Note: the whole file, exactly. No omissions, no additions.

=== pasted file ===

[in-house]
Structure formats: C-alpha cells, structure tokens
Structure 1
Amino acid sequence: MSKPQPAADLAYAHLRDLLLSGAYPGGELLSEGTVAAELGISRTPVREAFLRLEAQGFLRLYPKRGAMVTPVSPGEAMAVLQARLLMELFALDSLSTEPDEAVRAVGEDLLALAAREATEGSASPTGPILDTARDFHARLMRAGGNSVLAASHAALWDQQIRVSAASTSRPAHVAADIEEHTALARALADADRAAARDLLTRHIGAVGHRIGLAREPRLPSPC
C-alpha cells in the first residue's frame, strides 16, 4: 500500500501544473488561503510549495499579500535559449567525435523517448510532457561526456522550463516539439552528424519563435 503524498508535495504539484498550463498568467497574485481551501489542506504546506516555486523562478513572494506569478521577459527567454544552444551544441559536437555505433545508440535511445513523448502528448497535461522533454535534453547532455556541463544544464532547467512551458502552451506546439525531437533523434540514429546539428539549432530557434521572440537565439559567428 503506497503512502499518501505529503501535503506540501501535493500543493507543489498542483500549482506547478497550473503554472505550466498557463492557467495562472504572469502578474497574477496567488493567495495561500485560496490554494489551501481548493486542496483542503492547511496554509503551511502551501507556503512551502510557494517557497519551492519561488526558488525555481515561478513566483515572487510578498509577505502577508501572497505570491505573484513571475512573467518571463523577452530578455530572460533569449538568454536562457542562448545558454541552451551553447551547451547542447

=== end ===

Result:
[in-house]
Structure formats: C-alpha cells, structure tokens
Structure 1
Amino acid sequence: MSKPQPAADLAYAHLRDLLLSGAYPGGELLSEGTVAAELGISRTPVREAFLRLEAQGFLRLYPKRGAMVTPVSPGEAMAVLQARLLMELFALDSLSTEPDEAVRAVGEDLLALAAREATEGSASPTGPILDTARDFHARLMRAGGNSVLAASHAALWDQQIRVSAASTSRPAHVAADIEEHTALARALADADRAAARDLLTRHIGAVGHRIGLAREPRLPSPC
C-alpha cells in the first residue's frame, strides 16, 4: 500500500501544473488561503510549495499579500535559449567525435523517448510532457561526456522550463516539439552528424519563435 503524498508535495504539484498550463498568467497574485481551501489542506504546506516555486523562478513572494506569478521577459527567454544552444551544441559536437555505433545508440535511445513523448502528448497535461522533454535534453547532455556541463544544464532547467512551458502552451506546439525531437533523434540514429546539428539549432530557434521572440537565439559567428 503506497503512502499518501505529503501535503506540501501535493500543493507543489498542483500549482506547478497550473503554472505550466498557463492557467495562472504572469502578474497574477496567488493567495495561500485560496490554494489551501481548493486542496483542503492547511496554509503551511502551501507556503512551502510557494517557497519551492519561488526558488525555481515561478513566483515572487510578498509577505502577508501572497505570491505573484513571475512573467518571463523577452530578455530572460533569449538568454536562457542562448545558454541552451551553447551547451547542447